Sunday, August 15, 2010

The 63rd birthday

I felt compelled to write something as we turned 63. To be very honest, I think about my homeland a lot more when I'm away, and that's true for most people. As I started to write this without a proper plan in mind, the first thought that came to my mind was to write something about the person who comes to my mind whenever I think of the country or the national flag.

Gandhi, I suppose, would win the popular vote over here, especially among foreigners, to whom India still means the land of Gandhi (and of Mother Teresa). Whether Gandhi played a positive role in the history of our illustrious nation is still debatable; however, what cannot be denied is the fact that people all over the world hold him in an incredible esteem, and he's the perhaps the strongest representative of our nation to the world.

Buddha, the other strong candidate, might lose out on the ground that his birthplace is currently in Nepal; however, it cannot be denied that a substantial percentage of the world do celebrate his name, and the count is increasing with passage of time. If Gandhi remains the most recognised Indian face in the world, Buddha shall remain the most influential one.

On the other hand, if you really do consider the impact of an Indian individual in 2010, it would be hard to look beyond Sachin Tendulkar. Possibly the only name in the history of the nation to have been worshipped by all, irrespective of all the diversity you've read about in history books, Tendulkar is the only one for whom a millionaire stands next to a beggar outside a television shop and discuss the scores with equal enthusiasm. And then, there's the walk to the crease: I always get the feeling that an invisible tricolour is accompanying him to the centre, similar to the little one at the back of his helmet.

But no, none of the three is my Indian. Whenever I think of India, one, and only name comes to my mind: born Harikishan Giri Goswami, Manoj Kumar has exemplified Indian patriotism more than anyone else. We have dared to laugh at him, but he was relentless in directing and acting in independently and identically distributed films, one after the other, each one of them more patriotic than the previous one. He played a farmer and a soldier (of all professions, the jawaan and the kisaan possibly extract most emotions and drench most handkerchiefs) in Upkaar, and a patriot in almost all other movies he has acted in. He, more than anyone, is more Indian than anyone, even more Indian than Sunny Deol was in his magnum opus, Indian.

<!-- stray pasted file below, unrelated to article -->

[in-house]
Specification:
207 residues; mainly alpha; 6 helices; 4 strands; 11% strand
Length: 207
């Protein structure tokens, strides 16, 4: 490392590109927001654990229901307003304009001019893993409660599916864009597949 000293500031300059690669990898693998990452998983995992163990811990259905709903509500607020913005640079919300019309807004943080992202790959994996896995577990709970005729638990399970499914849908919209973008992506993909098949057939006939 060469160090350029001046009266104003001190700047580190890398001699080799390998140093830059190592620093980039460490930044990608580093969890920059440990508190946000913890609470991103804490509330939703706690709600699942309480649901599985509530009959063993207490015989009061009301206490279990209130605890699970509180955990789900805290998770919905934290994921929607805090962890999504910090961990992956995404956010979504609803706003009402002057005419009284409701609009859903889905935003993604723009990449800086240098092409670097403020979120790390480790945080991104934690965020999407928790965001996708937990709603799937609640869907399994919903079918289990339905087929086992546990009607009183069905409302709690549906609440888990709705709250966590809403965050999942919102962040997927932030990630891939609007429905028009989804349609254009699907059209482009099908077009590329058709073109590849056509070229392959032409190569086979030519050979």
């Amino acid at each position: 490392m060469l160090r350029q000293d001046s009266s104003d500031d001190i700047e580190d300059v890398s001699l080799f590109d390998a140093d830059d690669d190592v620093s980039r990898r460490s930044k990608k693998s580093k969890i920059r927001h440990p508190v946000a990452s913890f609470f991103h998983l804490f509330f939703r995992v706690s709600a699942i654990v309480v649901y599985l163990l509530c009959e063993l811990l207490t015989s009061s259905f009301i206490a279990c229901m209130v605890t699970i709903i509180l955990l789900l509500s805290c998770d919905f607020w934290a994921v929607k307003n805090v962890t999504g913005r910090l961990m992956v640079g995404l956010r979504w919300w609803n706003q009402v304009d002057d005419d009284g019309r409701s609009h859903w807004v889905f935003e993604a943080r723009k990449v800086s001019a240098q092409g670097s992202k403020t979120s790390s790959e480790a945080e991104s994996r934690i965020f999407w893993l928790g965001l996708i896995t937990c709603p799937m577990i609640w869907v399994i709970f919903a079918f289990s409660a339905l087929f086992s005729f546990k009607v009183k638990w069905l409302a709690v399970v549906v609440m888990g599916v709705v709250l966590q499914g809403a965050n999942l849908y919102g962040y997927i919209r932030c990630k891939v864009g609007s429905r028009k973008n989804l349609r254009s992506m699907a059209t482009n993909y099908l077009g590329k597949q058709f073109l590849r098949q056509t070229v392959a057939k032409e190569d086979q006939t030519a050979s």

This video, extracted from Clerk, the only possible threat to Gunda's claim to the throne of unrivalled greatness is my tribute to his legacy.

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5 comments:

  1. "but he was relentless in directing and acting in independently and identically distributed films, one after the other, each one of them more patriotic than the previous one" - contradictory! if the "patriotism-parameter is an increasing function of film count, then the films cannot be identically distributed.

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  2. After first 2 paragraphs, I started thinking this is going to be a 'Serious Post'. However, this is even more serious than I could imagine!

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  3. hmmn bujhlam kintu ki likhbo tai bhebe pelam na

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  4. video ta dekha jachhe na re....

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